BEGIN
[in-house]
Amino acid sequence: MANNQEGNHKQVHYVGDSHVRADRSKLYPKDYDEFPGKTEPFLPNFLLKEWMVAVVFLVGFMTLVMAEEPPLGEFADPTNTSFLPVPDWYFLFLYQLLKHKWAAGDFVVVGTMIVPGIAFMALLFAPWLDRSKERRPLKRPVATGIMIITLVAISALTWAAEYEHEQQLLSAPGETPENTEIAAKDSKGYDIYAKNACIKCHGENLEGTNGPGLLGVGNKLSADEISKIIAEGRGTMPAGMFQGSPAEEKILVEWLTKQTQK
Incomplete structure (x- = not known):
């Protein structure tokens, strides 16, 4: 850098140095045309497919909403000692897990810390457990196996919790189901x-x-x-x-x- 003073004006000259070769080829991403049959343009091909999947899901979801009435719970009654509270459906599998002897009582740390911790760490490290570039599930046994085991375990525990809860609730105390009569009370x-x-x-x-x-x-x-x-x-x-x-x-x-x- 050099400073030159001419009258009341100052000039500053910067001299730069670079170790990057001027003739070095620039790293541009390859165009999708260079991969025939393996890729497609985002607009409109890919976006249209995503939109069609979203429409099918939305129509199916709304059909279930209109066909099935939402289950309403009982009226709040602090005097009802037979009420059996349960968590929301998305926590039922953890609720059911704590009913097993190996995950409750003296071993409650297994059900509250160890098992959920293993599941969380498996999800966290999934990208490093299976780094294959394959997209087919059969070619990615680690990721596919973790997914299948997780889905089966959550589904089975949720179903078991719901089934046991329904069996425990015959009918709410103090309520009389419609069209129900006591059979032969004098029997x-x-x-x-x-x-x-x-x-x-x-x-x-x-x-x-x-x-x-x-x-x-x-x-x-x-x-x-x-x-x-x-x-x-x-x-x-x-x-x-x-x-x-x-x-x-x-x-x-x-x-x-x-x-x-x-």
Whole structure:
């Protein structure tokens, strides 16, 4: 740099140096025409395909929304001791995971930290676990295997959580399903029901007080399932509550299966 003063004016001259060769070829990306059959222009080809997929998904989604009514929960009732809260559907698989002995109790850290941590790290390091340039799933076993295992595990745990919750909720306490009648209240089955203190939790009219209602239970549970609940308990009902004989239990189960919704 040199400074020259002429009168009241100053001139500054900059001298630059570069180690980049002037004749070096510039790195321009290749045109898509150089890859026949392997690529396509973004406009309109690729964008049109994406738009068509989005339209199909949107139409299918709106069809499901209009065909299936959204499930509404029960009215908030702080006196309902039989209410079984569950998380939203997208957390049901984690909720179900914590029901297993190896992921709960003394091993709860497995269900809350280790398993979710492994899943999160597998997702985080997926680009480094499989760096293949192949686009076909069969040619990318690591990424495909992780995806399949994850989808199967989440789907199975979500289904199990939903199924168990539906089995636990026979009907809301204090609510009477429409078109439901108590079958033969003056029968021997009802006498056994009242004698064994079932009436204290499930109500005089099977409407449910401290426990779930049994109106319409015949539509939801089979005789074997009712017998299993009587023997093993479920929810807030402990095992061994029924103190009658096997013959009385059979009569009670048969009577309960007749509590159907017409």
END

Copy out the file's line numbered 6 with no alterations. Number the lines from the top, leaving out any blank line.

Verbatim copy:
């Protein structure tokens, strides 16, 4: 740099140096025409395909929304001791995971930290676990295997959580399903029901007080399932509550299966 003063004016001259060769070829990306059959222009080809997929998904989604009514929960009732809260559907698989002995109790850290941590790290390091340039799933076993295992595990745990919750909720306490009648209240089955203190939790009219209602239970549970609940308990009902004989239990189960919704 040199400074020259002429009168009241100053001139500054900059001298630059570069180690980049002037004749070096510039790195321009290749045109898509150089890859026949392997690529396509973004406009309109690729964008049109994406738009068509989005339209199909949107139409299918709106069809499901209009065909299936959204499930509404029960009215908030702080006196309902039989209410079984569950998380939203997208957390049901984690909720179900914590029901297993190896992921709960003394091993709860497995269900809350280790398993979710492994899943999160597998997702985080997926680009480094499989760096293949192949686009076909069969040619990318690591990424495909992780995806399949994850989808199967989440789907199975979500289904199990939903199924168990539906089995636990026979009907809301204090609510009477429409078109439901108590079958033969003056029968021997009802006498056994009242004698064994079932009436204290499930109500005089099977409407449910401290426990779930049994109106319409015949539509939801089979005789074997009712017998299993009587023997093993479920929810807030402990095992061994029924103190009658096997013959009385059979009569009670048969009577309960007749509590159907017409």